Daniel Rodgers’s Atlantic Crossings: Social Politics in a Progressive Age examines progressivism in Europe and America. Rodgers argues that “American social politics were tied to social political debates and endeavors in Europe through a web of rivalry and exchange.” (5) Looking at the 1870s through the end of World War II, Rodgers examines the origins of transnational politics and the ways they changed throughout the decades, as well as how transnationalism shaped political choices. He finds that it is “the connections between the industrializing countries of the late nineteenth and early twentieth centuries…that makes the differences between their policy choices historically interesting.” (5)
By the late nineteenth century, the Old World–embodied in Rodgers primarily through Germany and Britain–and New World looked remarkably similar: coal and iron industries were ubiquitous and powerful, “great cities” of over 100,000 inhabitants were springing up, economic revolutions brought new goods into households of all classes, and there was a move toward mass wage labor. The New Atlantic economy of the late nineteenth century encouraged Atlantic-wide politics, and the term “progressive” was given to those who forged new social politics. By the first decade of the twentieth century no political party system within the North Atlantic economy had not been affected by new social politics. Many parties grappled with the “labor question”, the competitiveness of market relations, and the rising populations of great cities. Americans interacted with these originally European ideas through studying abroad, the social gospel movement, the settlement house movement, international conferences, and the press. The economies and states of the North Atlantic embraced laissez faire capitalism, and the responsibility for the well-being of the economy shifted from the state to the marketplace. With the growth of urban populations, many cities in the Untied States attempted to reform their cities and make them safer places in which to live. Municipal reform focused on making cities more sanitary, establishing building codes, conducting dwelling inspections, and breaking up tenement districts. Ultimately, municipal reform in America fell short of what the Progressives wanted, partly due to corruption. Progressives also fought for insurance for workers. The American Association for Labor Legislation (AALL) was established in 1900 and fought for tighter factory legislation, and the National Consumers’ League fought to raise the standards of women’s undergarment trade. With the outbreak of World War I, emergency war measures posed challenges to Progressives on both sides of the Atlantic. Many Progressives wanted to retain certain aspects of the war economy after the war ended, including the perpetuation of wartime public employment service, the completion of war housing projects, and soldiers’ and sailors’ insurance. After the war, many Progressives chose to focus their efforts on the countryside and the effects of poverty on rural agriculture. Prior to World War I, the United States had borrowed more ideas from Europe than Europe had borrowed from the Untied States. But the end of the war brought the advent of Fordism and European markets were flooded with American goods, and Europe began to borrow American ideas. The Great Depression, notes Rodgers, was a triumph for labor and the New Deal was the height of progressivism in America. Progressives successfully pushed through many innovations, including Social Security, and helped funnel money into rural agriculture. Following the end of World War II, Europe dealt with a severe economic downturn, while America prospered. Ultimately Americans chose to embrace the notion of American exceptionalism rather than progressivism after World War II.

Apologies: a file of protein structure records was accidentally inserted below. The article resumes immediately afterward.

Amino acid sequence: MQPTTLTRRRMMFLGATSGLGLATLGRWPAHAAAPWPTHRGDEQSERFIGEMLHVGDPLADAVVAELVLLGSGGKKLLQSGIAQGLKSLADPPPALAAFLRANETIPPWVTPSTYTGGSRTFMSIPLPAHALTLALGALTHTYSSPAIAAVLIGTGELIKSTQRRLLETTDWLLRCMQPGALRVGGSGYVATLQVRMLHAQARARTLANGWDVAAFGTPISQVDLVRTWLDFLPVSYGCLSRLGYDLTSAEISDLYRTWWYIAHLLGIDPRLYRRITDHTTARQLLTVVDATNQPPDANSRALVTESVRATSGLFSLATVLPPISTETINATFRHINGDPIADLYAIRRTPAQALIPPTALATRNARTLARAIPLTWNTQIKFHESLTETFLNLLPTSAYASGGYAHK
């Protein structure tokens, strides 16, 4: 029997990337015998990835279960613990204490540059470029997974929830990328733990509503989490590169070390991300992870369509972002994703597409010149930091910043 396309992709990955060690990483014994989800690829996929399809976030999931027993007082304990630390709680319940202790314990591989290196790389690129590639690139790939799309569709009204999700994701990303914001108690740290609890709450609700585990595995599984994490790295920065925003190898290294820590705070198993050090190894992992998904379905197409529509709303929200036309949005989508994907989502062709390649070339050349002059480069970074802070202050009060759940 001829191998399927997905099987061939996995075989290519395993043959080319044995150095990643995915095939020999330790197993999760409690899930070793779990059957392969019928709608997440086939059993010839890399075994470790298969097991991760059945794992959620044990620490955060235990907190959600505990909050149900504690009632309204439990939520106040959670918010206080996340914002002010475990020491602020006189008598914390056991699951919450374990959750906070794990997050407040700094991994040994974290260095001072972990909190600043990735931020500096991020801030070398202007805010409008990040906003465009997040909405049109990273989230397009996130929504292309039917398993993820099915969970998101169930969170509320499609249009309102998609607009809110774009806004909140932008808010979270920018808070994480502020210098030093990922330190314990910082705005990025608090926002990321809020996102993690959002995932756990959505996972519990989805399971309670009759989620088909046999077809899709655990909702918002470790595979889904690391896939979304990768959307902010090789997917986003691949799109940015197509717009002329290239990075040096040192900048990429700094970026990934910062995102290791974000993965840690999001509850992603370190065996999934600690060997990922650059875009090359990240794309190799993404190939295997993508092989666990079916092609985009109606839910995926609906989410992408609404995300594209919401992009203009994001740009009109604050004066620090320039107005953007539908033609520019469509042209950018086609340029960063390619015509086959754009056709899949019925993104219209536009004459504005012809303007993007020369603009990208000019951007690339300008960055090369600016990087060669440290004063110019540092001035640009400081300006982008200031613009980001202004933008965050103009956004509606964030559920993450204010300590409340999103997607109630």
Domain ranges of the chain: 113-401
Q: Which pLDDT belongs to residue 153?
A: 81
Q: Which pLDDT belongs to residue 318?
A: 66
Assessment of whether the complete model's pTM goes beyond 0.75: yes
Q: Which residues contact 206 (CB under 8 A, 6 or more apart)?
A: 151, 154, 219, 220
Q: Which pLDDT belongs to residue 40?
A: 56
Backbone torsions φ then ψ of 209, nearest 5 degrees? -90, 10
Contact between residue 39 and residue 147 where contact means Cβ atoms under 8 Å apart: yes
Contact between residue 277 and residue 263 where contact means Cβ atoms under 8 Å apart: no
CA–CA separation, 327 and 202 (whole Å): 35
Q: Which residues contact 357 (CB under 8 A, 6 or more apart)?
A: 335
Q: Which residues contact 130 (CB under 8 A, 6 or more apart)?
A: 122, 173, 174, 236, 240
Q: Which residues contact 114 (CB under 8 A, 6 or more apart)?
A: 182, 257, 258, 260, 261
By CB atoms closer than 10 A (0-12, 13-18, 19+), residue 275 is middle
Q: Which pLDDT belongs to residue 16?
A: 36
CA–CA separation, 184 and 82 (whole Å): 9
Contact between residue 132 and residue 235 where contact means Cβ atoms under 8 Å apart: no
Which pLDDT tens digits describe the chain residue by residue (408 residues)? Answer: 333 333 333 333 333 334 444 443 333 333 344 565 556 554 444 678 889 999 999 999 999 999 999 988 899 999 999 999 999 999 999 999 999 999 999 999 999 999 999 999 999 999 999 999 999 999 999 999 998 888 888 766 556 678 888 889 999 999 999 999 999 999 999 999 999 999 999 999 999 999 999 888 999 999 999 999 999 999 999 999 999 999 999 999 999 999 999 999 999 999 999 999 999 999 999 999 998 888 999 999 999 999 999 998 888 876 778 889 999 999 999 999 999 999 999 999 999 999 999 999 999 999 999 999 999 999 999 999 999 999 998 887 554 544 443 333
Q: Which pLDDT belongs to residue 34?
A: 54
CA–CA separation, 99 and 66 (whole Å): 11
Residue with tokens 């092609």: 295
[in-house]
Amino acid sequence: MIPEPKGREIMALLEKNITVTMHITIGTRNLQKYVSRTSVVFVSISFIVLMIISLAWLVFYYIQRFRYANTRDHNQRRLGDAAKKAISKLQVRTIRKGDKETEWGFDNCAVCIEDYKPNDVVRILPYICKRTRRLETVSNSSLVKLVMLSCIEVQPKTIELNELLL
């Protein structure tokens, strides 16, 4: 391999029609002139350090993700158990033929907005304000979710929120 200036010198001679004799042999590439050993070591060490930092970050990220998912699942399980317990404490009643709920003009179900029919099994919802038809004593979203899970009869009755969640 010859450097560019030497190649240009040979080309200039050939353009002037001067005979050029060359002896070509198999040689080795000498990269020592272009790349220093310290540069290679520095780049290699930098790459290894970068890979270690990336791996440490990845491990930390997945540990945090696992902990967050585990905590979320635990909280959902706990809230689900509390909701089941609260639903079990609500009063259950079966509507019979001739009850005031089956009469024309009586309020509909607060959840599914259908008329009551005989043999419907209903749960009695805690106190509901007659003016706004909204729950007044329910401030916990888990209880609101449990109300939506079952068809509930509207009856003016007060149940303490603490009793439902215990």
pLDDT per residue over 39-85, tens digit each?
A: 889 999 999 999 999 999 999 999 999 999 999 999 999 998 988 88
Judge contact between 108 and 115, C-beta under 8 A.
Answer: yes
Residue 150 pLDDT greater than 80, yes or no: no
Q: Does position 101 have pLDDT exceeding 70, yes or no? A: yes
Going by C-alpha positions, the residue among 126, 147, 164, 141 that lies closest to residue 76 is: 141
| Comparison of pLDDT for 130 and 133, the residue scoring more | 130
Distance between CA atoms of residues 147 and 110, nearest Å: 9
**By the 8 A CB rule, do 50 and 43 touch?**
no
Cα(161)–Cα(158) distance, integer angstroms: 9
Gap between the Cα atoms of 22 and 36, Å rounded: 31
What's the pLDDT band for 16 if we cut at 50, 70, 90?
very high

Linda Gordon, in Heroes of Their Own Lives: The Politics and History of Family Violence, Boston 1880-1960, uses Boston as a case study through which to study how Boston-area social work agencies dealt with family violence in the years from 1880 through 1960. Gordon identifies four kinds of family violence: cruelty to children, child neglect, sexual abuse of children, and wife-beating. Using the case records from the Massachusetts Society for the Prevention of Cruelty to Children (MSPCC), Boston Children’s Service Association (BCSA), and Judge Baker Guidance Center (JBGC), Gordon argues that family violence is a historical and political construction, and the definition of domestic violence and appropriate responses to it shift according to contemporary politics. Additionally, Gordon finds that domestic violence must be understood as part and parcel of family politics.